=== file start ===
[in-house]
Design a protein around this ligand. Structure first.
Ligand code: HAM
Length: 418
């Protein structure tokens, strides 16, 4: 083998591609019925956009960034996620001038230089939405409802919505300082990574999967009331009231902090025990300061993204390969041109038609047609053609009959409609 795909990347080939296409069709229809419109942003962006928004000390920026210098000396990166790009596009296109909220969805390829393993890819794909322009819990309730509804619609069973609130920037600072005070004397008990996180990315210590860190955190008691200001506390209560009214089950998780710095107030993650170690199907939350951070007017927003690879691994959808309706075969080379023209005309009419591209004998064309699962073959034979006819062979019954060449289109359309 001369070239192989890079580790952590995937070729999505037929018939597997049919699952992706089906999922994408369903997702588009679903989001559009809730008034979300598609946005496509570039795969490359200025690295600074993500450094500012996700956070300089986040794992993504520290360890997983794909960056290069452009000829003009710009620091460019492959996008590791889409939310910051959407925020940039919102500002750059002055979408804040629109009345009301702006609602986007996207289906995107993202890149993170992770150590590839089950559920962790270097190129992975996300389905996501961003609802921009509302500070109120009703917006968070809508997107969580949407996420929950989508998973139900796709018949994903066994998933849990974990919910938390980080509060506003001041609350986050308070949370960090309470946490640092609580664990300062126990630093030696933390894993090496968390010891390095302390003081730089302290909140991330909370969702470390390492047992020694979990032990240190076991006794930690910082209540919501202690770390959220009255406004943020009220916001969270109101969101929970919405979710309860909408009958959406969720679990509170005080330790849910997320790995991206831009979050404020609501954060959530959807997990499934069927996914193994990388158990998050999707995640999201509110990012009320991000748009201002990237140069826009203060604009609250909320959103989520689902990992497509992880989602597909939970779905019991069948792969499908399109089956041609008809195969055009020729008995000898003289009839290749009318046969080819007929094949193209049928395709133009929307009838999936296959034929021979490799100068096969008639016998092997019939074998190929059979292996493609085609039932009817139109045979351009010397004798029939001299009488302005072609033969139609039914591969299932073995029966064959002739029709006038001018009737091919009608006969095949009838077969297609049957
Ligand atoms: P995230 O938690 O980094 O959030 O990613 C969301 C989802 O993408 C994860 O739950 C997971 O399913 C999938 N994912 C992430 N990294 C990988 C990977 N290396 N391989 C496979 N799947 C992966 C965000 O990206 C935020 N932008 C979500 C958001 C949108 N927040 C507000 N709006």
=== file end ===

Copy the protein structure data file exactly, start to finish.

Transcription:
[in-house]
Design a protein around this ligand. Structure first.
Ligand code: HAM
Length: 418
């Protein structure tokens, strides 16, 4: 083998591609019925956009960034996620001038230089939405409802919505300082990574999967009331009231902090025990300061993204390969041109038609047609053609009959409609 795909990347080939296409069709229809419109942003962006928004000390920026210098000396990166790009596009296109909220969805390829393993890819794909322009819990309730509804619609069973609130920037600072005070004397008990996180990315210590860190955190008691200001506390209560009214089950998780710095107030993650170690199907939350951070007017927003690879691994959808309706075969080379023209005309009419591209004998064309699962073959034979006819062979019954060449289109359309 001369070239192989890079580790952590995937070729999505037929018939597997049919699952992706089906999922994408369903997702588009679903989001559009809730008034979300598609946005496509570039795969490359200025690295600074993500450094500012996700956070300089986040794992993504520290360890997983794909960056290069452009000829003009710009620091460019492959996008590791889409939310910051959407925020940039919102500002750059002055979408804040629109009345009301702006609602986007996207289906995107993202890149993170992770150590590839089950559920962790270097190129992975996300389905996501961003609802921009509302500070109120009703917006968070809508997107969580949407996420929950989508998973139900796709018949994903066994998933849990974990919910938390980080509060506003001041609350986050308070949370960090309470946490640092609580664990300062126990630093030696933390894993090496968390010891390095302390003081730089302290909140991330909370969702470390390492047992020694979990032990240190076991006794930690910082209540919501202690770390959220009255406004943020009220916001969270109101969101929970919405979710309860909408009958959406969720679990509170005080330790849910997320790995991206831009979050404020609501954060959530959807997990499934069927996914193994990388158990998050999707995640999201509110990012009320991000748009201002990237140069826009203060604009609250909320959103989520689902990992497509992880989602597909939970779905019991069948792969499908399109089956041609008809195969055009020729008995000898003289009839290749009318046969080819007929094949193209049928395709133009929307009838999936296959034929021979490799100068096969008639016998092997019939074998190929059979292996493609085609039932009817139109045979351009010397004798029939001299009488302005072609033969139609039914591969299932073995029966064959002739029709006038001018009737091919009608006969095949009838077969297609049957
Ligand atoms: P995230 O938690 O980094 O959030 O990613 C969301 C989802 O993408 C994860 O739950 C997971 O399913 C999938 N994912 C992430 N990294 C990988 C990977 N290396 N391989 C496979 N799947 C992966 C965000 O990206 C935020 N932008 C979500 C958001 C949108 N927040 C507000 N709006």